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EDITORIAL: If Imran Khan finds himself at the centre of a storm right now, it’s because he very clearly wanted it so. Indeed, a lot of people are taking his threat of the country “breaking into three parts if institutions did not do the right thing” as a desperate attempt to build momentum; especially since the much-trumpeted march on the capital fizzled out rather quickly.

Yet there are also a lot of other Pakistanis that are taking what he’s saying a lot more seriously. They seem to have good reason to believe that some sort of conspiracy was behind his fall after all.

The sole superpower literally wrote the book on regime change, after all, and Imran Khan didn’t exactly do his chances of receiving that elusive phone call from Joe Biden any good by shaking hands with Vladimir Putin, in Moscow, on the day that Russia invaded Ukraine.

The kaptaan also remains completely unfazed by statements of the Foreign Office as well as the military spokesperson that while the Americans might have talked a little extraordinarily tough this time, there was still definitely no conspiracy of any sort; definitely not one where the US bankrolled the no-confidence motion against Imran Khan.

But the main point is that his followers still buy it. And now awkward questions about the US poking its nose into the affairs of other countries, and our own such extensive experience, have been raised and must be answered.

That’s why it’s very interesting that Imran Khan’s appeal to the establishment seemingly aimed more at the rank and file than the high command. It’s not as if he’s made any secret of it at any point. He has, rather, been calling for the military to bring their families to his rallies, rather claimed that they’re already doing it.

However, now he’s risking going a step too far. By calling out the judiciary and military time and again and openly inviting them to make the correct decision (read take his side) and not remain neutral, he seems to believe that the real test of their allegiance to the state lies in their loyalty to the righteous (him) and not the evil (the present government). This is a very slippery slope because even when he invites outside forces to intervene in his favour, he leaves the interpretation of exactly how to do it open to conjecture.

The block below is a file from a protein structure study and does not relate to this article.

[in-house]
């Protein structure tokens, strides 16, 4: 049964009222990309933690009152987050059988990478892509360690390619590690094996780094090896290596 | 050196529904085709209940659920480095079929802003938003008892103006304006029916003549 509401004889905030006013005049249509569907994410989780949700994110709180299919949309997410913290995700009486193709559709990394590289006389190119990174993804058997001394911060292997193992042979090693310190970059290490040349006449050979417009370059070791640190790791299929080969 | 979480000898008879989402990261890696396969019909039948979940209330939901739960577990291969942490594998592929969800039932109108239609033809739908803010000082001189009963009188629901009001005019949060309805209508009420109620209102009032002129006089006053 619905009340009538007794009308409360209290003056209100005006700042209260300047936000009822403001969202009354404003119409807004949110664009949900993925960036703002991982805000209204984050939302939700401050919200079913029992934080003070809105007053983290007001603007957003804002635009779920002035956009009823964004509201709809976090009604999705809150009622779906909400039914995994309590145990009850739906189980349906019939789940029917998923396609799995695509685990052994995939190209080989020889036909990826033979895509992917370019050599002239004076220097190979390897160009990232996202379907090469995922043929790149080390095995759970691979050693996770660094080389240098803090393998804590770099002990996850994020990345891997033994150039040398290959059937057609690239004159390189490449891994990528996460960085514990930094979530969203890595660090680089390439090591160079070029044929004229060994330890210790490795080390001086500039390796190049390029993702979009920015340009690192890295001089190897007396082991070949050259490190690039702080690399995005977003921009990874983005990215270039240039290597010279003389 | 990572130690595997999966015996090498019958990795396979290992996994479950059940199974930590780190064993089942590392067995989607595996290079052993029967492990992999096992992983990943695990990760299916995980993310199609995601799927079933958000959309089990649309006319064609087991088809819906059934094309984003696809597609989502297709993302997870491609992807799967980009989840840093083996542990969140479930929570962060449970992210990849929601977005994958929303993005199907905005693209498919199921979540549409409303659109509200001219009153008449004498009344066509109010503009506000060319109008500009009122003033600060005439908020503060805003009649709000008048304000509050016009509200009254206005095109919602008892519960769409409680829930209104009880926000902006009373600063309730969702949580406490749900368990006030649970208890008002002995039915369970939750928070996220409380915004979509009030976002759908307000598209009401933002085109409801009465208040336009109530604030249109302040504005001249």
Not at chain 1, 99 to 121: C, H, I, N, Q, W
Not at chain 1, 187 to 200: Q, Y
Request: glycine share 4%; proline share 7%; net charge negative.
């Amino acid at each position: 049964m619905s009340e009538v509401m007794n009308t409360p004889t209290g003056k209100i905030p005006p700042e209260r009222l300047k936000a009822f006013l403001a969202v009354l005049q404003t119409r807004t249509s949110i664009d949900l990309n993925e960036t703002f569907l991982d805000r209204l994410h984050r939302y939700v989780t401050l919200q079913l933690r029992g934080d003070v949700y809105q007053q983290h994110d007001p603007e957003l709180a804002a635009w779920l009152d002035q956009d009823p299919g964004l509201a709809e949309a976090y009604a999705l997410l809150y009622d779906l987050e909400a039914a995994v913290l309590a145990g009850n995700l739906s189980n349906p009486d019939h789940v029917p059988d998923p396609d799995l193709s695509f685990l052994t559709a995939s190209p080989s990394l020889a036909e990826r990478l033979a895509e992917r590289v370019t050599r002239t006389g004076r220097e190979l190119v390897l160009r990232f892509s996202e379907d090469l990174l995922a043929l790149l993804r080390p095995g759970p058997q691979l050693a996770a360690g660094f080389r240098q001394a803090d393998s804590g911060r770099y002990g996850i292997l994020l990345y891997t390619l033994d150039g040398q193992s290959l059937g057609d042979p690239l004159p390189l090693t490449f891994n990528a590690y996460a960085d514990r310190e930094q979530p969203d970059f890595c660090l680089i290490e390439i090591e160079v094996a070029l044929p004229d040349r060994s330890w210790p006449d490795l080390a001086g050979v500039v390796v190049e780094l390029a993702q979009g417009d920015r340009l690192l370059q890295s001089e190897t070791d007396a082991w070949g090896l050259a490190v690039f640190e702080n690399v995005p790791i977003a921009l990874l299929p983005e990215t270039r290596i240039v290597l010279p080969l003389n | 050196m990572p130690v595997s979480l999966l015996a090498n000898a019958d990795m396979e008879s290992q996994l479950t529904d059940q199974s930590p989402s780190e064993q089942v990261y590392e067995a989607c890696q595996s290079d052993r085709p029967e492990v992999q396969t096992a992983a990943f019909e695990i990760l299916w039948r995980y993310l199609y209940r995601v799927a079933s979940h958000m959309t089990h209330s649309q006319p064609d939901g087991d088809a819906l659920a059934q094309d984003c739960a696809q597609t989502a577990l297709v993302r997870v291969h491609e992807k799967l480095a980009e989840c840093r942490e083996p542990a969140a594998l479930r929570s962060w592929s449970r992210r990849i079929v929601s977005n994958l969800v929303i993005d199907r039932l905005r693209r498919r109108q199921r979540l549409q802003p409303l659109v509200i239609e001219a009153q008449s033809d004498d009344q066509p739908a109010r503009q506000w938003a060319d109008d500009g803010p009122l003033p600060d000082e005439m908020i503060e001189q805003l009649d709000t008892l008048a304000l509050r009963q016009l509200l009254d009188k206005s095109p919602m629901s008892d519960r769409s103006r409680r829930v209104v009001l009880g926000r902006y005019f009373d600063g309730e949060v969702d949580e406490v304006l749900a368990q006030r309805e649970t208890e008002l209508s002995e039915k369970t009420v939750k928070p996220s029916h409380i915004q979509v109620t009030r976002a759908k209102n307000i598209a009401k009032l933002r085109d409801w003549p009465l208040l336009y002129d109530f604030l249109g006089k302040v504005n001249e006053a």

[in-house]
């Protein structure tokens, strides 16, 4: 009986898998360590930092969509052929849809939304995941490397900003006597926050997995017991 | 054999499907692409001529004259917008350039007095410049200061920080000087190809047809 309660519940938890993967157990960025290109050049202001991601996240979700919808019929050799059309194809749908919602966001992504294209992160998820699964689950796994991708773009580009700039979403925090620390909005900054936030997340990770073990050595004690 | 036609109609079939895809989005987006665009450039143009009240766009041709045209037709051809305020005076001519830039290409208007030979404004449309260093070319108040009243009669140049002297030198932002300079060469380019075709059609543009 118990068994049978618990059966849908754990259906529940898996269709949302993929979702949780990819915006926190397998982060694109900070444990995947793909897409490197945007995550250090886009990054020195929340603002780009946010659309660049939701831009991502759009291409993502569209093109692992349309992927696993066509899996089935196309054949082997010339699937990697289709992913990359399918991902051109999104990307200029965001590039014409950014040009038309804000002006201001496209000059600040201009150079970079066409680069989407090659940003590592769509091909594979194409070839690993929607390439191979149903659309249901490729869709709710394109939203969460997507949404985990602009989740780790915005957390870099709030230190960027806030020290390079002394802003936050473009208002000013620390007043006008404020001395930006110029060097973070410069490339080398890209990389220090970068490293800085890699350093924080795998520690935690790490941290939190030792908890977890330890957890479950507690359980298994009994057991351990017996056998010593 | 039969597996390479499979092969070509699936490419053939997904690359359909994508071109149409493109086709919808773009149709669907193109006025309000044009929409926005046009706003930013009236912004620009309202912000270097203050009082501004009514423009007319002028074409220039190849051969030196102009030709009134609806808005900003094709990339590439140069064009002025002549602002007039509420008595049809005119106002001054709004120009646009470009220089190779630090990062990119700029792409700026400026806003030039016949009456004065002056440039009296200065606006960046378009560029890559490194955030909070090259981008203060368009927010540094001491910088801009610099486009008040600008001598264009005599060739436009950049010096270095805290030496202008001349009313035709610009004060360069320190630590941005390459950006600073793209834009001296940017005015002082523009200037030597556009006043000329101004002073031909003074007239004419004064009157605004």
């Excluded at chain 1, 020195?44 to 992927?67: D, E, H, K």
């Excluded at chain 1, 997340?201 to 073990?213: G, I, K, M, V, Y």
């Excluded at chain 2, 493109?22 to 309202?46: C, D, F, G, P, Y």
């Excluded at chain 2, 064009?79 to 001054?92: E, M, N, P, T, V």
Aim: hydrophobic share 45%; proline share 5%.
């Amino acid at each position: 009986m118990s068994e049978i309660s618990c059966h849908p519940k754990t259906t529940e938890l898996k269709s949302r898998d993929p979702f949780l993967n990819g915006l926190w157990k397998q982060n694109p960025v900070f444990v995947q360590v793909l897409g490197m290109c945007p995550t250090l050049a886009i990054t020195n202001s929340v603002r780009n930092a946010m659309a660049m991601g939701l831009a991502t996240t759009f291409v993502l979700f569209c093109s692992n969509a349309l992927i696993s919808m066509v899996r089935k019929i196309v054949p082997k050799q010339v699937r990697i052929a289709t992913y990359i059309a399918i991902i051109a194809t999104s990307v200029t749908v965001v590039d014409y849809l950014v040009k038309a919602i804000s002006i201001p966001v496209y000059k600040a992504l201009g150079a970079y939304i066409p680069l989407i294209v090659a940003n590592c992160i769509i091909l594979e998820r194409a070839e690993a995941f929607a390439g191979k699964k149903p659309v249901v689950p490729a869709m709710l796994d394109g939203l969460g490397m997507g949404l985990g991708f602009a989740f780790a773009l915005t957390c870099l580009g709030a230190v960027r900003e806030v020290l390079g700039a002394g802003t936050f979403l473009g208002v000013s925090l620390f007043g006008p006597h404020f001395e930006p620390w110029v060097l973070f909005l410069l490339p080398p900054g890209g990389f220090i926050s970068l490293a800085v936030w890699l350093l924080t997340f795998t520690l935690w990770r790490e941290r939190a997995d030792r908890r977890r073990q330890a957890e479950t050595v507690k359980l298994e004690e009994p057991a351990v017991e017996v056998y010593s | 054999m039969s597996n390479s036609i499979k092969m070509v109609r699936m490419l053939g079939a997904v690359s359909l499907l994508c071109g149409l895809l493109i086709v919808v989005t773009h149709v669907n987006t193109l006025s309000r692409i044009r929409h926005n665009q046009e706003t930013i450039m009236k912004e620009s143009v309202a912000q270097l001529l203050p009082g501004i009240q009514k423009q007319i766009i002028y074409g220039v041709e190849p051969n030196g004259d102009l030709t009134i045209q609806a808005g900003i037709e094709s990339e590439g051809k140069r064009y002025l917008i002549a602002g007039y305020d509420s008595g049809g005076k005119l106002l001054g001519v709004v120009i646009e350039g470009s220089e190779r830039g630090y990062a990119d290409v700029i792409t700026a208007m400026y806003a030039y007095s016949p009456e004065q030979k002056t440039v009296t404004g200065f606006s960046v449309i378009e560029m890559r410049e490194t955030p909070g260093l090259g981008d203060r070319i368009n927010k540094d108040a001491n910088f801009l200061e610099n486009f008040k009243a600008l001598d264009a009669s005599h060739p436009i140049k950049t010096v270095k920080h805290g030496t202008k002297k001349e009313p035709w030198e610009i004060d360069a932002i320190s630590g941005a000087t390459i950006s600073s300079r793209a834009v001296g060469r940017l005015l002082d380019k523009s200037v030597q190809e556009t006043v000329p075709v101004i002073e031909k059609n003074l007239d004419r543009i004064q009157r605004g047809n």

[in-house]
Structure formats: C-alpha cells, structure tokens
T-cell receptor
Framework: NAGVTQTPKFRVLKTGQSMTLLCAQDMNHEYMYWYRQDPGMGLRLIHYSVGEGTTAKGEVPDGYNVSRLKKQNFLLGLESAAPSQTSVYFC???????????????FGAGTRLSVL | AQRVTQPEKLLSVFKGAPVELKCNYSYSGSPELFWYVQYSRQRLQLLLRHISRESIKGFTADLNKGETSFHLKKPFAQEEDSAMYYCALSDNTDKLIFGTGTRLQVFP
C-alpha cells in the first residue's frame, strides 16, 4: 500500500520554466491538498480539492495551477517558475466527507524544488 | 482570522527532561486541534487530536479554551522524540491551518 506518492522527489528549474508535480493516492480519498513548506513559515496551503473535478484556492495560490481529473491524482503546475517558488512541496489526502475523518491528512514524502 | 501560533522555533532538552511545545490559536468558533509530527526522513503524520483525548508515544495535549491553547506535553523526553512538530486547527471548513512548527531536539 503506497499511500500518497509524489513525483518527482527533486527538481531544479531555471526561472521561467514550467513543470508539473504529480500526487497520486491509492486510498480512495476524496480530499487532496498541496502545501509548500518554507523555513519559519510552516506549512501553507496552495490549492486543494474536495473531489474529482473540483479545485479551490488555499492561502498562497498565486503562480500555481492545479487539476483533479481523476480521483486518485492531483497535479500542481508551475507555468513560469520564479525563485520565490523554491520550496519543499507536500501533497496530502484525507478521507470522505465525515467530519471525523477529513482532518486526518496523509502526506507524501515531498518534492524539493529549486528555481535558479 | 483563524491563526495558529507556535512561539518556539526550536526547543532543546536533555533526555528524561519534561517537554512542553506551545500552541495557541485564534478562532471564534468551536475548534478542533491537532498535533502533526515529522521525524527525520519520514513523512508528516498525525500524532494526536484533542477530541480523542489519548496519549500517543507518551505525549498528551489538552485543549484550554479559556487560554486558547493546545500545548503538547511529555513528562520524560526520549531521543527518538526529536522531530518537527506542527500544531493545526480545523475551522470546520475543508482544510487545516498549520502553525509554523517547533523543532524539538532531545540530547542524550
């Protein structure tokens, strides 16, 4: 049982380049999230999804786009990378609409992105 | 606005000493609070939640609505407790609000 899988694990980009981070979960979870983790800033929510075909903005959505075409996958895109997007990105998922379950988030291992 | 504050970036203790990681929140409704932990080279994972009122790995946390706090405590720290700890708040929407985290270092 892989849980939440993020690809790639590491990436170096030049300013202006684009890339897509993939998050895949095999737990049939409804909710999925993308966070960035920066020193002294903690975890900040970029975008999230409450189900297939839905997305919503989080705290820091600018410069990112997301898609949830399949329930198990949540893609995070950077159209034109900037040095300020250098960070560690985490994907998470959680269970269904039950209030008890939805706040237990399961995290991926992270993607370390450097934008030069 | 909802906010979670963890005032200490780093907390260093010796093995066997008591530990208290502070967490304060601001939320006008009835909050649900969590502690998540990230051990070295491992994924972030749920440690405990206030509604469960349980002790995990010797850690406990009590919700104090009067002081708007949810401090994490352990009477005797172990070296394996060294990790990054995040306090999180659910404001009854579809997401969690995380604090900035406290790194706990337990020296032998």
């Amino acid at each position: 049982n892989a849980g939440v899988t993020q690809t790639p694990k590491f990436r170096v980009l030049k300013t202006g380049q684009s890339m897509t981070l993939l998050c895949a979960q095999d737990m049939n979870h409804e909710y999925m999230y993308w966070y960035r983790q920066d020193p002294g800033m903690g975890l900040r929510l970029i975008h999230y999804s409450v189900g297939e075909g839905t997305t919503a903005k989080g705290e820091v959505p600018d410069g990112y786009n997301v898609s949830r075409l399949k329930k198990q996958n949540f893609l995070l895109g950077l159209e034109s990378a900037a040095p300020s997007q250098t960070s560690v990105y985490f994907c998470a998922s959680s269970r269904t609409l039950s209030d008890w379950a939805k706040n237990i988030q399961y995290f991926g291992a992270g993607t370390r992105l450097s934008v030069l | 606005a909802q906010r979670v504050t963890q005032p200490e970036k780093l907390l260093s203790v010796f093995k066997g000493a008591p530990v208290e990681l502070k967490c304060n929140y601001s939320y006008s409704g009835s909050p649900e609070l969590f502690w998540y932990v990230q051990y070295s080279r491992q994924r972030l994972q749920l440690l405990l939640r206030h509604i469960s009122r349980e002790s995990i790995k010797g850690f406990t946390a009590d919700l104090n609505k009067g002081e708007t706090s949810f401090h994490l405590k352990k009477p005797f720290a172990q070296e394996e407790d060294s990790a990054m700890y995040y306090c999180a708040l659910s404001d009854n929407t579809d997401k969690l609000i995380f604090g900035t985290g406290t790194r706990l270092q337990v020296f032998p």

Yet now that the matter of US intervention has reached a fever pitch, it must be investigated properly and openly. Therefore, it would have been wise of the government to give Imran Khan the judicial inquiry he asked for, to put this matter to rest more than anything else. Democracies like ours struggle even in the best of times. And almost all of them have suffered, at times, in some way or the other, from America’s undiplomatic outreach or diplomatic overreach.

It would, of course, be much better if it can be done in a way that does not increase the toxicity of the political environment at home. And that is where Imran Khan leaves much to be desired. For, he’s not just appeared as a leader that’s unable to work with this dominating attitude of the US, but also one that has no appetite whatsoever for indulging other local political leaders.

And it does seem that his frustration at being shunted out of office so unceremoniously by the same people that he vowed to push out of politics forever has got the better of him. In his rage he has already pointed fingers at everybody that’s not stood by him, even at the risk of violating the constitution. Now he’s calling the very survival and future of the country into question unless his demand for an immediate election is heeded.

Surely, there are better ways of finding out if all this is really America’s fault. If so, which of our political elite is in on the plot. And if not, this sort of poisonous posturing should stop.

Copyright Business Recorder, 2022


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